By Amy Gunia
April 25, 2019

A recent surge in spottings of unidentified flying objects, or UFOs, has prompted the Navy to create formalized guidelines for reporting sightings, according to the Washington Post.

The Post reports that naval officers have spotted an increasing number of mysterious aircraft, which the military calls “unexplained aerial phenomena.” These sightings have sometimes occurred within military airspace.

“Pilots are upset, and they’re trying to help wake up a slumbering system,” Chris Mellon, a former deputy assistant secretary of defense for intelligence and staffer on the Senate Intelligence Committee, told the Post.

Mellon estimates that there are dozens of incidents each year, which is forcing the Navy’s hand in addressing the issue. Some hope that streamlined guidelines will help make it more acceptable to report these incidents, which pilots have sometimes refrained from discussing due to stigma.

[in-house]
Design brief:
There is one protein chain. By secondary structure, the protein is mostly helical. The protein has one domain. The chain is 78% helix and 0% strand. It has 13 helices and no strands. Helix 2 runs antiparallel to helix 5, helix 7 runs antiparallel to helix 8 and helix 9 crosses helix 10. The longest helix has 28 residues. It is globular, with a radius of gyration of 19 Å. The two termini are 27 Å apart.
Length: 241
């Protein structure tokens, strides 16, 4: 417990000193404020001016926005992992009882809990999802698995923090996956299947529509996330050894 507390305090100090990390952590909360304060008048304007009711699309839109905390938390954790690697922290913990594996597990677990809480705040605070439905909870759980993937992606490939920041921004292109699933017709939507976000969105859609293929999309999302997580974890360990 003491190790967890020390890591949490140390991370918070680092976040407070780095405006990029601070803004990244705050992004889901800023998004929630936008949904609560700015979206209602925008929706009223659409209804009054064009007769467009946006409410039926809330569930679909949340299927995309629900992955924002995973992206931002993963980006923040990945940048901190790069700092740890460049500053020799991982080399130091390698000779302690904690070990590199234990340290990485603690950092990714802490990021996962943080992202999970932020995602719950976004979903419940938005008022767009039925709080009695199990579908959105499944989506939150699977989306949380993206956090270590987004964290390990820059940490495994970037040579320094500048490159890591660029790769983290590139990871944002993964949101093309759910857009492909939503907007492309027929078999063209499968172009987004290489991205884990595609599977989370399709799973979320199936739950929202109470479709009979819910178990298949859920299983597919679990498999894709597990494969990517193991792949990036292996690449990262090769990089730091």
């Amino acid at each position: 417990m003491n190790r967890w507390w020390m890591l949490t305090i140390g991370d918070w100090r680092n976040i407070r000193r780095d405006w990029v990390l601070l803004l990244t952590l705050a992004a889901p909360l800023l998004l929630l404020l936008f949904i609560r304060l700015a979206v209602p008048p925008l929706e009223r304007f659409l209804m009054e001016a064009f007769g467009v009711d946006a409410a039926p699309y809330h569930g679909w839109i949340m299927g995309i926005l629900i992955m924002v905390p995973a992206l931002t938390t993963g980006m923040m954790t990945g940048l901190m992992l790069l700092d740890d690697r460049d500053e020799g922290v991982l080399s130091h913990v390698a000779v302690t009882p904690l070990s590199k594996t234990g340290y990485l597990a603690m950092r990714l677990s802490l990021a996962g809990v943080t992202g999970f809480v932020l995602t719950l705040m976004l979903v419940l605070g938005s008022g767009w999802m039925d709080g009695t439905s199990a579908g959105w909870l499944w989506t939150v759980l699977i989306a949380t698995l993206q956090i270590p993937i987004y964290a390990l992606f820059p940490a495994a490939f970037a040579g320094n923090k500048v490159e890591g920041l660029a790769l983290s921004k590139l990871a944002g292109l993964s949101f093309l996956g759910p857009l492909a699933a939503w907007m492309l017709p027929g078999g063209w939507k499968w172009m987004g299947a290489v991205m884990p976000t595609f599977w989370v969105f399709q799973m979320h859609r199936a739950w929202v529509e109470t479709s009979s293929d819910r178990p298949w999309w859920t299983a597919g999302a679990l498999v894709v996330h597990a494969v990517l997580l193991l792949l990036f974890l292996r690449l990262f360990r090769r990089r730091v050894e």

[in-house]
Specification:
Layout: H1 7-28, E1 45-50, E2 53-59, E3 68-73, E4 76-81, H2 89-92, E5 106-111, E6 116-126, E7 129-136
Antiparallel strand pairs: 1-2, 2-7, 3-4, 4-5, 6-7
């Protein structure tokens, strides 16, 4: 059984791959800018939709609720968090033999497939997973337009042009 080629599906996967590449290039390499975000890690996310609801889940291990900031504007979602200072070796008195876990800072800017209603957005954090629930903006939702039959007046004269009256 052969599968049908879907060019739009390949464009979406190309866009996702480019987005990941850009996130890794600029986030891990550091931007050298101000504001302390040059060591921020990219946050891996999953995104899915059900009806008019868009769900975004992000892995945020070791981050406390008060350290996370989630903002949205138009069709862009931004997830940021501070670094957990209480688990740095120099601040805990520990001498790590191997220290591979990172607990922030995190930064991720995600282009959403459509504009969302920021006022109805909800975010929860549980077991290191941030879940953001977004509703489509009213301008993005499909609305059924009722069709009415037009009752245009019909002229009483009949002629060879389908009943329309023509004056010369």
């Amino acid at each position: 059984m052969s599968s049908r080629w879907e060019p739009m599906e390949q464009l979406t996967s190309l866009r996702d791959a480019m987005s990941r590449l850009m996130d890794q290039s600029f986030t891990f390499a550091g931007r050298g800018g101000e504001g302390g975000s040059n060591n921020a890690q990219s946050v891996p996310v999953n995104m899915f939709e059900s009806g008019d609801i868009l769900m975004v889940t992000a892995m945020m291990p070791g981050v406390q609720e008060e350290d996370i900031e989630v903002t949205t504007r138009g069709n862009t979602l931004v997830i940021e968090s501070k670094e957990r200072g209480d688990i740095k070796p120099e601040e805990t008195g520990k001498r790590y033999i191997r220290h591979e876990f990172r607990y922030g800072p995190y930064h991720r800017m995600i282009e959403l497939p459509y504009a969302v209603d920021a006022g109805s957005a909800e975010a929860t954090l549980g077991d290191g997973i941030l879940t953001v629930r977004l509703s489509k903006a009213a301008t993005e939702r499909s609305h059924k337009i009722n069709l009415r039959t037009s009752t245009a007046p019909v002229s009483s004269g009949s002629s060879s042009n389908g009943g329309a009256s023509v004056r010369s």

Some personnel took it even further. Luis Elizondo, a former Pentagon official who ran a secret investigative program funded by the U.S. government to study UFOs, called the new guidelines “the single greatest decision the Navy has made in decades,” reports the Post.

Read More: Navy Pilot Says UFO He Saw Off California Was ‘Not of This World’

The rules could also make it easier to investigate the occurrences. “Since 2014, these intrusions have been happening on a regular basis,” Joseph Gradisher, spokesperson for office of the deputy chief of naval operations for information warfare,” told the Post. “We want to get to the bottom of this. We need to determine who’s doing it, where it’s coming from and what their intent is. We need to try to find ways to prevent it from happening again.”

Commercial pilots across the world are already coming forward to share their sighting experiences. The FAA released radio traffic recordings from two commercial pilots who reported sightings in early 2018. Late last year in Ireland, three separate pilots reported a mysterious object in the same night.

Write to Amy Gunia at amy.gunia@time.com.

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